The movie: Crash
Nowadays, labeling is a common issue, accepted by most individuals, as no-one is able to avoid putting labels on others and remove those, which they bear. On the other hand, labeling is a major source of discrimination, as the presence of labels is associated with particular stereotypes concerning the group or population. The discriminatory ideology consequently breeds countless -isms, which become an integral part of human life. The present paper discusses the –isms, portrayed in the movie “Crash”.
Discussing briefly the plot, it needs to be noted that the film is in fact a collection of episodes and personal stories, which the investigator knits together in order to reveal the perpetuator of a murder. First of all, “The district attorney and his wife are carjacked at gunpoint by two black men. At home, the wife orders the locks changed and then changed again because a Mexican did the first job” (Travers, 2005, p.7). Furthermore, an African American TV director involves his wife into sexual contact while driving a car and is consequently stopped by two white officers. “One officer gropes the wife to humiliate the husband, while the other cop watches helplessly” (Travers, 2005, p.7). In the next story, a Persian entrepreneur purchases a car in order to ensure his safety, as he has been recently confused with an Arab. The investigator deals with race-related homicide and is soon becomes clear that all characters are involved into the same criminal story.
The participants thus engage with criminal activities and act aggressively toward the person of different cultural background. The lack of racial tolerance is extremely obvious, and the violent dimension of racism, as it has already been mentioned, forces a Persian store owner to wear arms. The realm of human leisure is thus challenged by isms, as both the movie and the book by M.Allison demonstrate (Allison and Schneider, 2000).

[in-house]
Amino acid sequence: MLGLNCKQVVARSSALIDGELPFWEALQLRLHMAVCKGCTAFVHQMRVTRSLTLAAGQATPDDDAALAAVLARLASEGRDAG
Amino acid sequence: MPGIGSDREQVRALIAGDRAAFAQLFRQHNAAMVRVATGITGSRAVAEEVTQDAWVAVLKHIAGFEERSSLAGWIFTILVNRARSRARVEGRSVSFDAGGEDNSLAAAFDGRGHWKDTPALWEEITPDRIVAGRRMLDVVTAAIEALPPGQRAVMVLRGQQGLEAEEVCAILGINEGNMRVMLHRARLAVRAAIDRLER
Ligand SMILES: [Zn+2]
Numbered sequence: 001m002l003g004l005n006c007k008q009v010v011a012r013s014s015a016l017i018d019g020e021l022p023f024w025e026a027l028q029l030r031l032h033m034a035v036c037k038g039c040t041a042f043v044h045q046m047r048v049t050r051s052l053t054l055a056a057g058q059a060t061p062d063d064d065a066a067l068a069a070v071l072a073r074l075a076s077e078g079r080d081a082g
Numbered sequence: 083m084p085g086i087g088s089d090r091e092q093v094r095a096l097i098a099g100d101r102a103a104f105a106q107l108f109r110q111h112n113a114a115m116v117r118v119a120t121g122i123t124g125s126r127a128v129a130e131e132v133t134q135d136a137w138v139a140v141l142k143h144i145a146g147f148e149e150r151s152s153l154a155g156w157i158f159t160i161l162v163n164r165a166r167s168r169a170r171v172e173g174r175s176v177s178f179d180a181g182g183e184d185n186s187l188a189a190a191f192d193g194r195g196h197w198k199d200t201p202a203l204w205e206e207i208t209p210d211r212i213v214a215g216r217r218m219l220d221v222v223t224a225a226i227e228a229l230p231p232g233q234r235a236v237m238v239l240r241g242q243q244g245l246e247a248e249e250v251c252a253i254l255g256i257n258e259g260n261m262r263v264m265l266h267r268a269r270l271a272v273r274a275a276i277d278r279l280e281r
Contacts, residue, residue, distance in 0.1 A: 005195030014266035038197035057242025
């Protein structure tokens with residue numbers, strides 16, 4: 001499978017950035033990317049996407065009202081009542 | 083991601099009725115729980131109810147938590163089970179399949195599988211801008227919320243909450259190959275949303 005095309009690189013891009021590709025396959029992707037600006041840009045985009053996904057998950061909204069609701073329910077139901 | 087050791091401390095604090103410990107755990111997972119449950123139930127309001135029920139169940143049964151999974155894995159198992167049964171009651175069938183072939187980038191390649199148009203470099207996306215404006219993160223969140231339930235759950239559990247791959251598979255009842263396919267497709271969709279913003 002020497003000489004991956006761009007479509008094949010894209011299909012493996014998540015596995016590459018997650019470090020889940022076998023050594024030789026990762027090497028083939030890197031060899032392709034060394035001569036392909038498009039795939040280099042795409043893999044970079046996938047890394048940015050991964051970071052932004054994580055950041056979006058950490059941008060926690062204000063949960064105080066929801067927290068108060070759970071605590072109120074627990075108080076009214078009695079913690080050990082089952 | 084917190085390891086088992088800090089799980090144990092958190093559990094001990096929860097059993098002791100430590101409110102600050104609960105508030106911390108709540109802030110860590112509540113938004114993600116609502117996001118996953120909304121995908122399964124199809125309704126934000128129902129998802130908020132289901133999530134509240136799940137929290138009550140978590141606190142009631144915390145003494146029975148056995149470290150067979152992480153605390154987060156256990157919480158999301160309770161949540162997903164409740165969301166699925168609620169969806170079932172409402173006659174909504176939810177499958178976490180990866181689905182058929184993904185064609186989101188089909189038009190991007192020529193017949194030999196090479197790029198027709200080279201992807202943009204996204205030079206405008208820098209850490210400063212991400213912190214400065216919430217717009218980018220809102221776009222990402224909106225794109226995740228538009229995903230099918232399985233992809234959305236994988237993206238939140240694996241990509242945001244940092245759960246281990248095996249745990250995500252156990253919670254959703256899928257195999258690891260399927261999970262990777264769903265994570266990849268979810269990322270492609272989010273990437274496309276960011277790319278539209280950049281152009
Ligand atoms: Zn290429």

The issue of racism is most apparent in the film. For instance, one of the first episodes shows carjacking, in which African Americans seek not merely to steal the couple’s car, but also humiliate them. In Allison’s book, there is a brilliant explanation of the proportion of participation in leisure activities among different minority groups: “The first is the marginality hypothesis, which states that the underparticipation of ethnic and racial groups results primarily from limited economic resources. This marginal position leads to o disadvantages for racial and ethnic group participants such as fewer recreational opportunities, lack of access to transportation […]” (Chavez, 2000, p. 183). This means, driven by their inferiority complex because of poor access to transportation and other infrastructural facilities, the young African Americans decide to “pay back” to the members of the “enemy group”. This deviant act thus appears to them not merely a means of obtaining the necessary item, but also a method of re-establishing justice and proportion in the distribution of resources. The overall inequality in fact provokes this aggression against the dominant racial group.
The episode of racism also takes place when two police officers stop a car, driven by the African American TV director. They seek to offend him for two reasons: first of all, the man seems to have made a successful career, which contradicts to the popular stereotype about African Americans, living under the poverty line. In addition, his professional advancements seem more considerable than those of the two policemen, so they feel a half-conscious dissonance between the conviction that African Americans must be less successful and active in career-making than whites on the one hand and the current situation on the other. Consistent with the inferiority of the other racial group and viewing this order as a true balance, the two policemen, similarly to the African American carjackers, attempt to re-establish it, using violence and the entitlements, related to law enforcement profession. Finally, using abusive language and physical power, the police officers re-assert their own “white privilege” – this is probably the core of intergroup conflict in the film.